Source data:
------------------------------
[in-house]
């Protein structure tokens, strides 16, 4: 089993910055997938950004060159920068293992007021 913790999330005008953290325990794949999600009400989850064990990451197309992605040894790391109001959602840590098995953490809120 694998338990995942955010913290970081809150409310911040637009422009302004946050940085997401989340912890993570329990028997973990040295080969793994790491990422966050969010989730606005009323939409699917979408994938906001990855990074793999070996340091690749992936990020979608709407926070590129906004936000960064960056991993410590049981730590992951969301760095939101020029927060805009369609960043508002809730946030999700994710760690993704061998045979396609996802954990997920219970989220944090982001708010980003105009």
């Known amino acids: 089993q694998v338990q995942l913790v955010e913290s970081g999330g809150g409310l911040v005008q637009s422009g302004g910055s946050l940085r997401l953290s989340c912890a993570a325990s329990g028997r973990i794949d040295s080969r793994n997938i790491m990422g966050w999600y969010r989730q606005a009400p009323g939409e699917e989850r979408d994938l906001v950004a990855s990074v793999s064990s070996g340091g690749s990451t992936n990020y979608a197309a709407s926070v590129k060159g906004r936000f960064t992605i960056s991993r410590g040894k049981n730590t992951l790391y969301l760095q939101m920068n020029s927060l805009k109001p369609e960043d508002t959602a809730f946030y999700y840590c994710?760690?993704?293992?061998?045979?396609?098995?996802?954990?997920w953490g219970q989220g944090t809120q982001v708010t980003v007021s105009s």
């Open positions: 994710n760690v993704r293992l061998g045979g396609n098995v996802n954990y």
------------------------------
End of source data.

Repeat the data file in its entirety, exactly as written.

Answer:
[in-house]
């Protein structure tokens, strides 16, 4: 089993910055997938950004060159920068293992007021 913790999330005008953290325990794949999600009400989850064990990451197309992605040894790391109001959602840590098995953490809120 694998338990995942955010913290970081809150409310911040637009422009302004946050940085997401989340912890993570329990028997973990040295080969793994790491990422966050969010989730606005009323939409699917979408994938906001990855990074793999070996340091690749992936990020979608709407926070590129906004936000960064960056991993410590049981730590992951969301760095939101020029927060805009369609960043508002809730946030999700994710760690993704061998045979396609996802954990997920219970989220944090982001708010980003105009």
């Known amino acids: 089993q694998v338990q995942l913790v955010e913290s970081g999330g809150g409310l911040v005008q637009s422009g302004g910055s946050l940085r997401l953290s989340c912890a993570a325990s329990g028997r973990i794949d040295s080969r793994n997938i790491m990422g966050w999600y969010r989730q606005a009400p009323g939409e699917e989850r979408d994938l906001v950004a990855s990074v793999s064990s070996g340091g690749s990451t992936n990020y979608a197309a709407s926070v590129k060159g906004r936000f960064t992605i960056s991993r410590g040894k049981n730590t992951l790391y969301l760095q939101m920068n020029s927060l805009k109001p369609e960043d508002t959602a809730f946030y999700y840590c994710?760690?993704?293992?061998?045979?396609?098995?996802?954990?997920w953490g219970q989220g944090t809120q982001v708010t980003v007021s105009s």
């Open positions: 994710n760690v993704r293992l061998g045979g396609n098995v996802n954990y």